Muscle Thixotropy : Implications for Human Motor Control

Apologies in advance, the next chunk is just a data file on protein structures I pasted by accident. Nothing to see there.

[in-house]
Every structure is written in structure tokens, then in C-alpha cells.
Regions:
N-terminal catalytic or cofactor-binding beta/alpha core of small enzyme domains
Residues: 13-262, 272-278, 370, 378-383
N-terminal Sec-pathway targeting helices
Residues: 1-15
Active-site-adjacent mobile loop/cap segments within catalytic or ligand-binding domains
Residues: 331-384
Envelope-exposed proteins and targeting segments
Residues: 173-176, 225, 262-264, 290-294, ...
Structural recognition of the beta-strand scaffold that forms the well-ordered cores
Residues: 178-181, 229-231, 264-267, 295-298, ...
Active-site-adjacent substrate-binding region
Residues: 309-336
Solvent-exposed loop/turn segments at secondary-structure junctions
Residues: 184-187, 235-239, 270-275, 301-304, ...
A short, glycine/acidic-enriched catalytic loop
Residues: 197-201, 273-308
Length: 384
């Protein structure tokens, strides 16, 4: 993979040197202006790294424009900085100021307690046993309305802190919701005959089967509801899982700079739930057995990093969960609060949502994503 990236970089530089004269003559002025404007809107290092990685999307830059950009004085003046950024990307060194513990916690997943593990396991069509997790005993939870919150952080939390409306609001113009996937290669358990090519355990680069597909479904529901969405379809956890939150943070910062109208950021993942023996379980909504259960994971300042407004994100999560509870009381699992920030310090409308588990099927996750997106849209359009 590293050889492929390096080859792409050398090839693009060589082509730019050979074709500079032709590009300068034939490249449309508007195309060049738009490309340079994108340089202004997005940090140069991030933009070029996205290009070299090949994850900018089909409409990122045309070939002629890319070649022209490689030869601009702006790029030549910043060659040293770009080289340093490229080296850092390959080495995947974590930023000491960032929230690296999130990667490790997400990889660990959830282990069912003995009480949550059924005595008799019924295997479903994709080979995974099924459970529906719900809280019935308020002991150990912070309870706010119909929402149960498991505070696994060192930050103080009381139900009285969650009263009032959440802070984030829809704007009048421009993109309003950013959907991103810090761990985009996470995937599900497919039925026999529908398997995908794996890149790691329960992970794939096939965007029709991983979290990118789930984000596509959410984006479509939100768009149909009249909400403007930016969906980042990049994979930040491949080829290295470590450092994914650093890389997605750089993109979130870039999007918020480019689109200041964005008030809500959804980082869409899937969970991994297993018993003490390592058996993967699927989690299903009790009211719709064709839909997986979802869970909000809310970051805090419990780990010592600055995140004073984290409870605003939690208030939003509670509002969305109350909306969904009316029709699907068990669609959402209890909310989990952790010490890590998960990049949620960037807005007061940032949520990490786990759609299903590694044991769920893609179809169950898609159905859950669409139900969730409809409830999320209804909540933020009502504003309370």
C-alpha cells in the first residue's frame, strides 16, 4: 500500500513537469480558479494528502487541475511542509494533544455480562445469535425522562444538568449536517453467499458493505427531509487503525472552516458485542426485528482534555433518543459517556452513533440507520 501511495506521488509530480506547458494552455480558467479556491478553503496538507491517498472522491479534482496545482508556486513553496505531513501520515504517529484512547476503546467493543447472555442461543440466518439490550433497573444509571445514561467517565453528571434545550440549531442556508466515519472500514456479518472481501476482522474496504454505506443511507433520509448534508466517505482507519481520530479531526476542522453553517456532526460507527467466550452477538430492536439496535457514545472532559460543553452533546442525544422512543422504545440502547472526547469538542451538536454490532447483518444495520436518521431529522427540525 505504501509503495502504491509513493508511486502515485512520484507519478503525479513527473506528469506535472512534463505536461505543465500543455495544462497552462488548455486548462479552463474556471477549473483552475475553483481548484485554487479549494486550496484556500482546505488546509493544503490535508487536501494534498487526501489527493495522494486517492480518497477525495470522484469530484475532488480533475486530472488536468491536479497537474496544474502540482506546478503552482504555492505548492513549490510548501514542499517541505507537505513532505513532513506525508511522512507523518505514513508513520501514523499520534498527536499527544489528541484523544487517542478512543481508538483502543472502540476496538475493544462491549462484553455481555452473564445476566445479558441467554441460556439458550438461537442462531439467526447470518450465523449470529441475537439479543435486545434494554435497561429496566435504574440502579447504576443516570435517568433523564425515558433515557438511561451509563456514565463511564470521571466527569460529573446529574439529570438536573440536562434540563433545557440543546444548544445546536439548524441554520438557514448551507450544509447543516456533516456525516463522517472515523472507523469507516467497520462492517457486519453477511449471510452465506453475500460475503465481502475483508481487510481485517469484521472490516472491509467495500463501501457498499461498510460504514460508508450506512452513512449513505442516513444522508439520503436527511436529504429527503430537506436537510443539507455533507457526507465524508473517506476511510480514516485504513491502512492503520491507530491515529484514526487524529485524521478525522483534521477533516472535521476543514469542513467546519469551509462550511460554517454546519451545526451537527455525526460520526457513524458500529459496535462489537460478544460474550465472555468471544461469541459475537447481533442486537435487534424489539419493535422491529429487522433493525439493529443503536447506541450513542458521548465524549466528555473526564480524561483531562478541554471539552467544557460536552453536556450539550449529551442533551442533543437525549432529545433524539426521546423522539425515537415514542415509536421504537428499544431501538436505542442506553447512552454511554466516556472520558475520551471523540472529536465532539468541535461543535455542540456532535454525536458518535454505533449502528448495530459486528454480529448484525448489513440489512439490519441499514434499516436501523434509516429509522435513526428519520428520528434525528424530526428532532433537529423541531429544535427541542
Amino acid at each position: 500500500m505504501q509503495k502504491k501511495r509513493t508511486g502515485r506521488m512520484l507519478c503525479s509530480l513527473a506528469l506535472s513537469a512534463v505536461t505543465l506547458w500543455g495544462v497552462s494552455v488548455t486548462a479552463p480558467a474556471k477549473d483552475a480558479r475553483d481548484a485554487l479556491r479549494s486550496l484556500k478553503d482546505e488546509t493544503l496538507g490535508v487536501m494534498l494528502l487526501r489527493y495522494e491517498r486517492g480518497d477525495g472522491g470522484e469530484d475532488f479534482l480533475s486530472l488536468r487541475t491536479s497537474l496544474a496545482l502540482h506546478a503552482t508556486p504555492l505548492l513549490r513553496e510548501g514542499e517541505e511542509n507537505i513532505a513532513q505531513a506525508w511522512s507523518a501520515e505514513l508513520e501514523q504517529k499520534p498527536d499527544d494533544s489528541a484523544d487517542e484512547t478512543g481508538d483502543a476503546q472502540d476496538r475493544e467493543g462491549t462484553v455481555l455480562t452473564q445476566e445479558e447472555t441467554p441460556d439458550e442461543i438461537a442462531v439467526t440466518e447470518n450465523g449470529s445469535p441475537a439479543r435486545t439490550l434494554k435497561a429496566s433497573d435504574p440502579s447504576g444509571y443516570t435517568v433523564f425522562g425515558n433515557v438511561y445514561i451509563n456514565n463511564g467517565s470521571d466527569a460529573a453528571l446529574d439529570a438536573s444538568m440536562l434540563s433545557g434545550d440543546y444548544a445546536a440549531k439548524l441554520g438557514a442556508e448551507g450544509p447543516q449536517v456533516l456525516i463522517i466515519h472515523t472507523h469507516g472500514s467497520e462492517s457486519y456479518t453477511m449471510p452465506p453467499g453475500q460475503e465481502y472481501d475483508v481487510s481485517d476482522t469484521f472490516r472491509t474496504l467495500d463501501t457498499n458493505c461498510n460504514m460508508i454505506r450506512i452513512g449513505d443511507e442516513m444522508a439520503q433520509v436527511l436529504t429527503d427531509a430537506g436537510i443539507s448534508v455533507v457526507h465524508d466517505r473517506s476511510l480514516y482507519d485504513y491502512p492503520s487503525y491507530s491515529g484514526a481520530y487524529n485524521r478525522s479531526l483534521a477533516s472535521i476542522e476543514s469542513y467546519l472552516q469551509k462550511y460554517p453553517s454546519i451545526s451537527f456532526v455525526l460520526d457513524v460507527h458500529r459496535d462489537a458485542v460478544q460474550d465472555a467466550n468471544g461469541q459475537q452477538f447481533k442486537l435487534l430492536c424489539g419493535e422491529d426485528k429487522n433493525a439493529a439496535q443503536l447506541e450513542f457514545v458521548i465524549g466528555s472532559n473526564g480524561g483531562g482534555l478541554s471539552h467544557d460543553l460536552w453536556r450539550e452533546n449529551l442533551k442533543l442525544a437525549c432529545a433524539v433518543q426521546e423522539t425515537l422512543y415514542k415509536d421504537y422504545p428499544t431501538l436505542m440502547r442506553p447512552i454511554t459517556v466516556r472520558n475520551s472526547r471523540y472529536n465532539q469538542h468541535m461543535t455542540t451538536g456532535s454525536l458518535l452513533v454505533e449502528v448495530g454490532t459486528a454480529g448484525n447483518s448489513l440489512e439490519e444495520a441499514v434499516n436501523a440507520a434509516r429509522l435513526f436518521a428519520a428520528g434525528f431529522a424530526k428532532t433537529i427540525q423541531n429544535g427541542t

Abstract: Human skeletal muscles possess thixotropic, i.e. history-dependent mechanical properties. This means that the degree of passive muscle stiffness and resting tension is dependent on the immediately preceding history of contractions and length changes. Athletes, for instance, reduce passive muscle stiffness by various types of ‘limbering-up’ procedures, whereas muscle stiffness gradually increases during inactivity.Passive resistance of antagonistic muscles may significantly add to the total load during voluntary muscle contractions. This resistance may vary from one moment to another, depending on immediately preceding events. This research was conducted to determine whether history-dependent variations in passive muscular forces influence motor control of voluntary joint movements and steady maintenance of joint positions in healthy subjects. In study I, the EMG signal revealed motor compensations for history-dependent variations in passive stiffness of the antagonists during slow voluntary wrist joint movements. Studies II and III demonstrated that the voluntary muscle activity required to maintain a certain wrist joint position was highly influenced by previous changes in forearm muscle length and contractions. Study IV showed that rapid voluntary movements varied in speed and onset time depending on the prevailing degree of muscle resistance, and in addition that the central nervous reaction time required to execute rapid movements was highly influenced by immediately preceding muscle-conditioning procedures.History-dependent variations in passive muscular forces seem to be effectively compensated by the motor control system. Presumably, voluntary motor commands to the muscles are automatically adjusted in strength to history-dependent changes in passive muscular forces. Such adjustments occur within the central nervous system, which receives information about the mechanical state of the muscles. Several issues in connection with muscle thixotropy remain unaddressed. For instance, do alterations in the normal thixotropic mechanical behaviour of the muscles impose a particular problem in patients with certain neuromuscular diseases?